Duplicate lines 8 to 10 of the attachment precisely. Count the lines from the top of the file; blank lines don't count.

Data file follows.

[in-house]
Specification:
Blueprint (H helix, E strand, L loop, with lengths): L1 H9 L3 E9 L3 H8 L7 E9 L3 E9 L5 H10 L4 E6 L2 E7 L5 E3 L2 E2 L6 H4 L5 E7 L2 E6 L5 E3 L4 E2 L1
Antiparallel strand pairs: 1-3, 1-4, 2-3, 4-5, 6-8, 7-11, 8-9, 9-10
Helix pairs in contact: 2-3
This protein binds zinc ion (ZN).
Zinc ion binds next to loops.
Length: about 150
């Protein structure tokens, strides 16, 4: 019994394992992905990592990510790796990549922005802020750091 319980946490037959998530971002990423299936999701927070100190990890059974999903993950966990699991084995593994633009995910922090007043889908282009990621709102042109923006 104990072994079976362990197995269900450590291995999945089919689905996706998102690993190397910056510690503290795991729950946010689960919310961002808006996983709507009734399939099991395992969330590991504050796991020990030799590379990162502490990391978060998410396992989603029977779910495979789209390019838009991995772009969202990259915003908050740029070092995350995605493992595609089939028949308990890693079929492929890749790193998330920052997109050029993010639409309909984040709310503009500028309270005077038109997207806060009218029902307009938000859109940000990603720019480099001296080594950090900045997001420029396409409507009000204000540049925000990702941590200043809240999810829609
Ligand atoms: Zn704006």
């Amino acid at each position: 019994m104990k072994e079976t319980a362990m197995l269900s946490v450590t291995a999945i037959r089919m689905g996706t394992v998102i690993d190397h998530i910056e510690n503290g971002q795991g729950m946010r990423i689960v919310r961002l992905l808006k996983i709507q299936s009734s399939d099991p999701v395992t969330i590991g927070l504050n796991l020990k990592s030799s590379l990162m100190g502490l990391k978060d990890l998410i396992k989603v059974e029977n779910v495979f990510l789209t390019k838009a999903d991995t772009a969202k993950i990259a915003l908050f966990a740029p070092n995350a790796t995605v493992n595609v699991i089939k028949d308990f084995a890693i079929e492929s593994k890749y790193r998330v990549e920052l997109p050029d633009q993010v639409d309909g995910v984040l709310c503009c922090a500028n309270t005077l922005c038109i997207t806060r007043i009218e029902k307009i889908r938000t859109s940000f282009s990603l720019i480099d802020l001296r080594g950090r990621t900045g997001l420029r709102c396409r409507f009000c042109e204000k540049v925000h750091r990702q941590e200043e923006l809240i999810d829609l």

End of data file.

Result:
Length: about 150
């Protein structure tokens, strides 16, 4: 019994394992992905990592990510790796990549922005802020750091 319980946490037959998530971002990423299936999701927070100190990890059974999903993950966990699991084995593994633009995910922090007043889908282009990621709102042109923006 104990072994079976362990197995269900450590291995999945089919689905996706998102690993190397910056510690503290795991729950946010689960919310961002808006996983709507009734399939099991395992969330590991504050796991020990030799590379990162502490990391978060998410396992989603029977779910495979789209390019838009991995772009969202990259915003908050740029070092995350995605493992595609089939028949308990890693079929492929890749790193998330920052997109050029993010639409309909984040709310503009500028309270005077038109997207806060009218029902307009938000859109940000990603720019480099001296080594950090900045997001420029396409409507009000204000540049925000990702941590200043809240999810829609
Ligand atoms: Zn704006």